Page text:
"Japan's tsunami was one of the most recorded disasters ever to be captured on film, lending a visual power to story-telling unmatched since the Sept. 11 terrorist attacks almost a decade ago," writes David Bauder — Images of disaster in Japan lend visual power. "What, though, do these images do? Do they change how we perceive the event? Do more higher-quality images of catastrophe make it seem more real or more movielike? Will we remember the 2011 Japan tsunami differently than its calamitous predecessors because we saw so much of it so quickly?"
"The unbelievable sight of rich Japan — famous for trains running like clockwork, state-of-the-art gadgets, concern for safety and order — laid low by a freak force of nature beyond human control has been a terrifying wake-up call," says Joji Sakurai, calling the recent disaster "one of the most significant calamities of our time — one that shapes policies, economies, even philosophies for decades to come in an increasingly interconnected world" — Japan tragedy seared into the world's imagination.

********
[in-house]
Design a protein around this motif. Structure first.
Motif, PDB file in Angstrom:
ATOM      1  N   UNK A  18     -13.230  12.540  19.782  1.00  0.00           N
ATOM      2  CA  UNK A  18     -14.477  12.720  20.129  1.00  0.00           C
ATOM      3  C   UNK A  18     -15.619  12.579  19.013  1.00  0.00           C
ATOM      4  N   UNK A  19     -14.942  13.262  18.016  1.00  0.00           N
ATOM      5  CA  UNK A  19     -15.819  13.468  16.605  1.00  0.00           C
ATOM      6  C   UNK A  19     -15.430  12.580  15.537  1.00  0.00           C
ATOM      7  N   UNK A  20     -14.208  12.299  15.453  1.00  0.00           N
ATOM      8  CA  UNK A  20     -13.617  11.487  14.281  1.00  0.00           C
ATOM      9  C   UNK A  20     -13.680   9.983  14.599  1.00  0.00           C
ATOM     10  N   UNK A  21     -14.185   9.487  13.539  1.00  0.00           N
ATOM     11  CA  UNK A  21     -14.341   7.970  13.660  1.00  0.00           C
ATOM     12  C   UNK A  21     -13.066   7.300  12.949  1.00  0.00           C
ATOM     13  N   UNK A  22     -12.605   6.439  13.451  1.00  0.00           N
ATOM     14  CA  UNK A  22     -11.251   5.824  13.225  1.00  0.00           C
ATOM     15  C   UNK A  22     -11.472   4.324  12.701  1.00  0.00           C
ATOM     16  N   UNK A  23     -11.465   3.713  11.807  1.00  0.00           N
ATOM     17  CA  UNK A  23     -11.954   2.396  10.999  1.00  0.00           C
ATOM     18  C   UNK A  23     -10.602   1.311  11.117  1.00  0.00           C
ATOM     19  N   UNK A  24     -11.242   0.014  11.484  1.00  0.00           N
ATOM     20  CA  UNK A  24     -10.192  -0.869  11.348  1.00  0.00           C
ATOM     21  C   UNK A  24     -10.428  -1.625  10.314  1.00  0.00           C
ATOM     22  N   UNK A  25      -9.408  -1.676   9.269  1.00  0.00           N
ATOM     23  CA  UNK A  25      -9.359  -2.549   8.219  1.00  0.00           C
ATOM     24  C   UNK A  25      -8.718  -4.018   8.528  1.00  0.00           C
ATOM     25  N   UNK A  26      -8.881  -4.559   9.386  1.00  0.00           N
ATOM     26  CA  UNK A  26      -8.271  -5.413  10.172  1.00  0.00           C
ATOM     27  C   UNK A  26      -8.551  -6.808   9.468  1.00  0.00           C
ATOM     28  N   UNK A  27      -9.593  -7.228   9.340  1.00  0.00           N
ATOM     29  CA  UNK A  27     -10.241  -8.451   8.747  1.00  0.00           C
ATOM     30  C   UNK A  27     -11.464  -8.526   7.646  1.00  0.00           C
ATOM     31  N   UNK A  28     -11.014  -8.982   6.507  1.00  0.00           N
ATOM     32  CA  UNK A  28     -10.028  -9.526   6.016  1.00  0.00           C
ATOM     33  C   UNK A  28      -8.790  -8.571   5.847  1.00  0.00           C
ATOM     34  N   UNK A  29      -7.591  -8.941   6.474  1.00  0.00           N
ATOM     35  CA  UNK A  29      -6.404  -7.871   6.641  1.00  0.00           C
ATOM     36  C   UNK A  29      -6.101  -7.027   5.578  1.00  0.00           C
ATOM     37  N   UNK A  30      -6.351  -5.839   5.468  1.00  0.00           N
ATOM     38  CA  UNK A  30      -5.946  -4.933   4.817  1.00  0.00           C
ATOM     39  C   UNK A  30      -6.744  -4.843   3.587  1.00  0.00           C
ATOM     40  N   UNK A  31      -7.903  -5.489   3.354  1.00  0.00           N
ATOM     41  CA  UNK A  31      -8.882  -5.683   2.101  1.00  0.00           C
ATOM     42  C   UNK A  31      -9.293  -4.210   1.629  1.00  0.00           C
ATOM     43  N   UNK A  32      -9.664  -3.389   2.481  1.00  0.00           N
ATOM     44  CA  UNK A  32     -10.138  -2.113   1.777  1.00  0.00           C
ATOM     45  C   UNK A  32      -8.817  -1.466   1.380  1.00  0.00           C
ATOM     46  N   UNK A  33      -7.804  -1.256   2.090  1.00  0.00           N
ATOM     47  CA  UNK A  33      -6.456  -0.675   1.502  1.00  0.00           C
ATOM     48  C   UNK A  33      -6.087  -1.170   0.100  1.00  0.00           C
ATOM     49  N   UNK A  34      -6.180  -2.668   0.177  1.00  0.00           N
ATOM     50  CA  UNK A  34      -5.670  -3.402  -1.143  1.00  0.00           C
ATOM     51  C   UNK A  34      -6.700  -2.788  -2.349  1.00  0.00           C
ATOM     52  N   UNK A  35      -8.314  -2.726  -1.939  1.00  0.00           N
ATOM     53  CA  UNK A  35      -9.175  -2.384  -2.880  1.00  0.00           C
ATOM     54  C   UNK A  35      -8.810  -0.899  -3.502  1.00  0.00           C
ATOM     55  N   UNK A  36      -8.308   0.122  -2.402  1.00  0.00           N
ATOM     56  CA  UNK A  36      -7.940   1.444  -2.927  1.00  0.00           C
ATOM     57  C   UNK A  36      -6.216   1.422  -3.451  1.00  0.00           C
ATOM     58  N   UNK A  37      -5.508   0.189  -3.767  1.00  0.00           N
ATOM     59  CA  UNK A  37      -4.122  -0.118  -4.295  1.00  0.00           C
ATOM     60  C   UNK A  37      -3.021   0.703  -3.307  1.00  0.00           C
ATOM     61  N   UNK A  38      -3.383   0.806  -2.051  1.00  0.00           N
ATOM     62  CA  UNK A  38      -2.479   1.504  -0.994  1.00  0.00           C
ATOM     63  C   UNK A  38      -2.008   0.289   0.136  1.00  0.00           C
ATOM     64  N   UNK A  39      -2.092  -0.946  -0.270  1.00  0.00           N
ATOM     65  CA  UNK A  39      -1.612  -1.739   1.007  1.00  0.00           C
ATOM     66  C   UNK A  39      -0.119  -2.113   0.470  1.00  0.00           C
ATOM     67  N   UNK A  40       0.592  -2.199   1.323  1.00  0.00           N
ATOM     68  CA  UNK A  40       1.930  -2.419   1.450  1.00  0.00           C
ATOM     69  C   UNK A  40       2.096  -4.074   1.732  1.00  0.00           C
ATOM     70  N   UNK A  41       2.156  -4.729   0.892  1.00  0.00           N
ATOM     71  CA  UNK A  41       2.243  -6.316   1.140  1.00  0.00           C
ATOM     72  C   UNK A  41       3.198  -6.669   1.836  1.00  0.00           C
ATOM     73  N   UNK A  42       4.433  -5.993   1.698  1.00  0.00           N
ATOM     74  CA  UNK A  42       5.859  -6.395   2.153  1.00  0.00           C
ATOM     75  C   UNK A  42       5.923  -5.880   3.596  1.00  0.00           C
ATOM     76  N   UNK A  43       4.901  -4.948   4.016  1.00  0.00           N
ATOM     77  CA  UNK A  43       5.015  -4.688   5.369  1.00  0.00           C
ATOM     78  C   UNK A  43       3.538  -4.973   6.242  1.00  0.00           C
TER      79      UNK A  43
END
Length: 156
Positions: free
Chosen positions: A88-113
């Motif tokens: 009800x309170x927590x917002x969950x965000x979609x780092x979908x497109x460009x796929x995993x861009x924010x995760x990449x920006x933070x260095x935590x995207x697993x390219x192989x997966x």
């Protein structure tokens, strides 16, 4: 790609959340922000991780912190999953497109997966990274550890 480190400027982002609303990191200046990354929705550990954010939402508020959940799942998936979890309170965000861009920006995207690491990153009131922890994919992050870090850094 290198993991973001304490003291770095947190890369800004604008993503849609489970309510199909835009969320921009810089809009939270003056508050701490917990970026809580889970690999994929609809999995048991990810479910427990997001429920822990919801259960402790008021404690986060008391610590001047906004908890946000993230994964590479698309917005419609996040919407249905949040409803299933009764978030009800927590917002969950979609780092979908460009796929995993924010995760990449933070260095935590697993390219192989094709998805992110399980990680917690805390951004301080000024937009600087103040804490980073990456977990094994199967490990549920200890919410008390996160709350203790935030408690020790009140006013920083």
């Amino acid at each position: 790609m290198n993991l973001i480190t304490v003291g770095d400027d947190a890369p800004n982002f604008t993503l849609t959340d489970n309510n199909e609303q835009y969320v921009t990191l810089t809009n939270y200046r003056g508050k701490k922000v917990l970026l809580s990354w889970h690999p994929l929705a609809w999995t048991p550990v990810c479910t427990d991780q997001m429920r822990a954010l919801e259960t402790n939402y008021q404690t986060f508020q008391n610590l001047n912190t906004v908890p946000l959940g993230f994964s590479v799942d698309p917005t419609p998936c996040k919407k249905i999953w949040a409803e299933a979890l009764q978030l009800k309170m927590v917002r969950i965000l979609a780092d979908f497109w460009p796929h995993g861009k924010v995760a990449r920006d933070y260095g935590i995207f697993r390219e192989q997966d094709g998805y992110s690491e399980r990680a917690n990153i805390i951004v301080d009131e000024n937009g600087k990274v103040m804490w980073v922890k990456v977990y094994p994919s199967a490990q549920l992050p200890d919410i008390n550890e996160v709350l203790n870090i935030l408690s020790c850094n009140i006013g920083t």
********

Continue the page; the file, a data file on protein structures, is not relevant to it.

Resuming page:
"The Fukushima Daiichi power plant disaster has become a textbook example of what not to do in an emergency," says Alistair Nicholas — People have to come before profits, even in a crisis. "Possibly for the first time in Japanese history, people started seriously questioning those in positions of authority. They felt they had a right to get accurate and truthful updates in a timely manner and that it was not forthcoming."
"The temblor and tidal wave can be blamed on a deliberately cruel God or a murderously impersonal Mother Nature," writes Jim Goad, but "[t]he reactors’ possible meltdown is the result of human diddling with natural laws that mankind has obviously yet to master" — Nuclear Holocaust Denial.
Labels: Disasters, Leviathan, Nippon, No Nukes Is Good Nukes, Philosophy